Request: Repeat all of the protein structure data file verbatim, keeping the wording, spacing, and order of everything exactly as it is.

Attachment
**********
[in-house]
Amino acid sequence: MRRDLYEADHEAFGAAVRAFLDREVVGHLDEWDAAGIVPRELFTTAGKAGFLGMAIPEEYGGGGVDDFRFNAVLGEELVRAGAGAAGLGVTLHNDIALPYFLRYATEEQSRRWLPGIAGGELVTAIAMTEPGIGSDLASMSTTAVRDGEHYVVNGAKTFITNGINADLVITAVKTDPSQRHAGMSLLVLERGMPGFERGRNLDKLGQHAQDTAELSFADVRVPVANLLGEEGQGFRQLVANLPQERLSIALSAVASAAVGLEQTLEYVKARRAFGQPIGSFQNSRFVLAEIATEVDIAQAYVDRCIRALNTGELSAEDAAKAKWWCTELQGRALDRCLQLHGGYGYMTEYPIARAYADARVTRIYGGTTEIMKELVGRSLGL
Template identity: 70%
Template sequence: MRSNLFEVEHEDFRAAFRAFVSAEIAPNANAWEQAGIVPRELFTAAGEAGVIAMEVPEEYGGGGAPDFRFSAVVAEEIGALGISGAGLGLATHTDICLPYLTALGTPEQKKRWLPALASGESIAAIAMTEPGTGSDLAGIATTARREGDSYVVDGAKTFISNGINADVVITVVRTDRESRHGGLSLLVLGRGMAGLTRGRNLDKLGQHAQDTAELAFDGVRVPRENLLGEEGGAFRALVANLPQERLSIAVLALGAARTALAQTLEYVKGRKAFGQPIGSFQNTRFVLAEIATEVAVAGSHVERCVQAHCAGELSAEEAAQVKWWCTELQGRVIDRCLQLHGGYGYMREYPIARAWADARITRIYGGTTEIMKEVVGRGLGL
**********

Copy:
[in-house]
Amino acid sequence: MRRDLYEADHEAFGAAVRAFLDREVVGHLDEWDAAGIVPRELFTTAGKAGFLGMAIPEEYGGGGVDDFRFNAVLGEELVRAGAGAAGLGVTLHNDIALPYFLRYATEEQSRRWLPGIAGGELVTAIAMTEPGIGSDLASMSTTAVRDGEHYVVNGAKTFITNGINADLVITAVKTDPSQRHAGMSLLVLERGMPGFERGRNLDKLGQHAQDTAELSFADVRVPVANLLGEEGQGFRQLVANLPQERLSIALSAVASAAVGLEQTLEYVKARRAFGQPIGSFQNSRFVLAEIATEVDIAQAYVDRCIRALNTGELSAEDAAKAKWWCTELQGRALDRCLQLHGGYGYMTEYPIARAYADARVTRIYGGTTEIMKELVGRSLGL
Template identity: 70%
Template sequence: MRSNLFEVEHEDFRAAFRAFVSAEIAPNANAWEQAGIVPRELFTAAGEAGVIAMEVPEEYGGGGAPDFRFSAVVAEEIGALGISGAGLGLATHTDICLPYLTALGTPEQKKRWLPALASGESIAAIAMTEPGTGSDLAGIATTARREGDSYVVDGAKTFISNGINADVVITVVRTDRESRHGGLSLLVLGRGMAGLTRGRNLDKLGQHAQDTAELAFDGVRVPRENLLGEEGGAFRALVANLPQERLSIAVLALGAARTALAQTLEYVKGRKAFGQPIGSFQNTRFVLAEIATEVAVAGSHVERCVQAHCAGELSAEEAAQVKWWCTELQGRVIDRCLQLHGGYGYMREYPIARAWADARITRIYGGTTEIMKEVVGRGLGL